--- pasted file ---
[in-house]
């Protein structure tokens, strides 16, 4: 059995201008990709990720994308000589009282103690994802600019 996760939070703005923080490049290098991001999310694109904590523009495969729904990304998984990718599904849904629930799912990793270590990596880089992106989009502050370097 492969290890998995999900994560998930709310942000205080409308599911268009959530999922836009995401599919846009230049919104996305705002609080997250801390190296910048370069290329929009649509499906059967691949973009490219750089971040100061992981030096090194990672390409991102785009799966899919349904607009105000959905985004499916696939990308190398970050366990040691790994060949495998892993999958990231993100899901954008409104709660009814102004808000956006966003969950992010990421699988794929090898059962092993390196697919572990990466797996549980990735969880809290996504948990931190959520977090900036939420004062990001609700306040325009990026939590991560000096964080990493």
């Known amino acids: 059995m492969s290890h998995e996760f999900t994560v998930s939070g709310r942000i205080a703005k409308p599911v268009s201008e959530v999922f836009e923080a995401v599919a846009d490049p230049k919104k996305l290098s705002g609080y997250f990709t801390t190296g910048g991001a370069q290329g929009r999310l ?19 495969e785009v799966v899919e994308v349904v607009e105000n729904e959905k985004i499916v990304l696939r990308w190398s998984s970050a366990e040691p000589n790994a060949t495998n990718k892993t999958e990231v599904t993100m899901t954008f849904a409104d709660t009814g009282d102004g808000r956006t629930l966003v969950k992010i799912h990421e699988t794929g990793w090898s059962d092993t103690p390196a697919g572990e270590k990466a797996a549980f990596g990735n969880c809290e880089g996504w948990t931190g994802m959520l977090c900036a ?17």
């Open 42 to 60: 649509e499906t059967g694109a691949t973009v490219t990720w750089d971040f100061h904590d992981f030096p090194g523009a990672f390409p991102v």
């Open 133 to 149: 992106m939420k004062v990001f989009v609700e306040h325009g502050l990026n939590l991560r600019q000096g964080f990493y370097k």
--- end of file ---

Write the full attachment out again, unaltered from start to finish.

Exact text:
[in-house]
């Protein structure tokens, strides 16, 4: 059995201008990709990720994308000589009282103690994802600019 996760939070703005923080490049290098991001999310694109904590523009495969729904990304998984990718599904849904629930799912990793270590990596880089992106989009502050370097 492969290890998995999900994560998930709310942000205080409308599911268009959530999922836009995401599919846009230049919104996305705002609080997250801390190296910048370069290329929009649509499906059967691949973009490219750089971040100061992981030096090194990672390409991102785009799966899919349904607009105000959905985004499916696939990308190398970050366990040691790994060949495998892993999958990231993100899901954008409104709660009814102004808000956006966003969950992010990421699988794929090898059962092993390196697919572990990466797996549980990735969880809290996504948990931190959520977090900036939420004062990001609700306040325009990026939590991560000096964080990493």
């Known amino acids: 059995m492969s290890h998995e996760f999900t994560v998930s939070g709310r942000i205080a703005k409308p599911v268009s201008e959530v999922f836009e923080a995401v599919a846009d490049p230049k919104k996305l290098s705002g609080y997250f990709t801390t190296g910048g991001a370069q290329g929009r999310l ?19 495969e785009v799966v899919e994308v349904v607009e105000n729904e959905k985004i499916v990304l696939r990308w190398s998984s970050a366990e040691p000589n790994a060949t495998n990718k892993t999958e990231v599904t993100m899901t954008f849904a409104d709660t009814g009282d102004g808000r956006t629930l966003v969950k992010i799912h990421e699988t794929g990793w090898s059962d092993t103690p390196a697919g572990e270590k990466a797996a549980f990596g990735n969880c809290e880089g996504w948990t931190g994802m959520l977090c900036a ?17």
């Open 42 to 60: 649509e499906t059967g694109a691949t973009v490219t990720w750089d971040f100061h904590d992981f030096p090194g523009a990672f390409p991102v």
């Open 133 to 149: 992106m939420k004062v990001f989009v609700e306040h325009g502050l990026n939590l991560r600019q000096g964080f990493y370097k």